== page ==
Thousands of UK workers are set to stage walkouts over the next few days over below-inflation pay offers.
The Communication Workers Union (CWU) yesterday rejected BT’s 5 per cent pay rise – the highest in more than 20 years – calling it a “nothing short of an insult,” the Times first reported.
“We have no choice now but to immediately prepare for a statutory industrial action ballot.”
BT, for its part, said it was giving all “frontline workers” – including engineers, retail and contact centre workers – an annual salary boost of £1,500, saying it was an 8 per cent increase for some.
“While we have continued to extend and strengthen our networks to support the country’s recovery, the pandemic has hit our financial performance, like that of most companies,” said BT’s chief executive Philip Jansen.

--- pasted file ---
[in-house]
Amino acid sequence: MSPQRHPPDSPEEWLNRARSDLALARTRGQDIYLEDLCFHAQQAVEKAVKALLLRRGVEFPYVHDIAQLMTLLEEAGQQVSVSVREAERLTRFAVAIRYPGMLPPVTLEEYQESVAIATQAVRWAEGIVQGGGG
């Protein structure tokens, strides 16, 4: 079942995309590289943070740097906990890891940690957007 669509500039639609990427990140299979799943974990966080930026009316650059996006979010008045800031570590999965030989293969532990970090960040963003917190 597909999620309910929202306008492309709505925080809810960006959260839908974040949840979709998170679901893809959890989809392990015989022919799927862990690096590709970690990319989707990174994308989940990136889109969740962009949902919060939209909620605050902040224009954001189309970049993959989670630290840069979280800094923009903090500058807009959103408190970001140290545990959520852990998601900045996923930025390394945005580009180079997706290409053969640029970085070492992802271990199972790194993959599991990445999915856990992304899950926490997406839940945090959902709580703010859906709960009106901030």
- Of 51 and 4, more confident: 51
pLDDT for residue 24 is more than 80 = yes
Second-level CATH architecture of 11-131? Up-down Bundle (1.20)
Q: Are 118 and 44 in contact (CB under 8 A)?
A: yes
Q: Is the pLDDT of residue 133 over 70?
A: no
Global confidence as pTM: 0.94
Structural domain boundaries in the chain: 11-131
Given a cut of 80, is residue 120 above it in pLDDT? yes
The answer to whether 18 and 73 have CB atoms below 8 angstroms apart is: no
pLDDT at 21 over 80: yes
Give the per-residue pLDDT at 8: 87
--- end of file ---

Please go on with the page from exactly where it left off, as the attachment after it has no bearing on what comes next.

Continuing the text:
“We know that the cost of living continues to rise and by making this award we’re ensuring that our lower-paid workers will benefit most and as soon as possible.”
The CWU on Wednesday rejected a 2 per cent pay offer from Post Office, calling it “insulting and downright inflammatory.”
According to the union, almost all members voted in favour of a strike action after Post Office refused to hand out pay rises for 2021/2022.
“Our members have delivered the biggest strike mandate that we’ve ever had in the Post Office,” said CWU’s assistant secretary Andy Furey.
“Every Crown office in the UK will shut, cash collections and deliveries to every sub-Post Office will cease, and general postal services will be severely impacted too.
“The clock is ticking towards that strike – get real, get round the table with us and settle this pay dispute.”
Tesco, GlaxoSmithKline and Sainsbury are among the companies who have faced pressures from unions recently.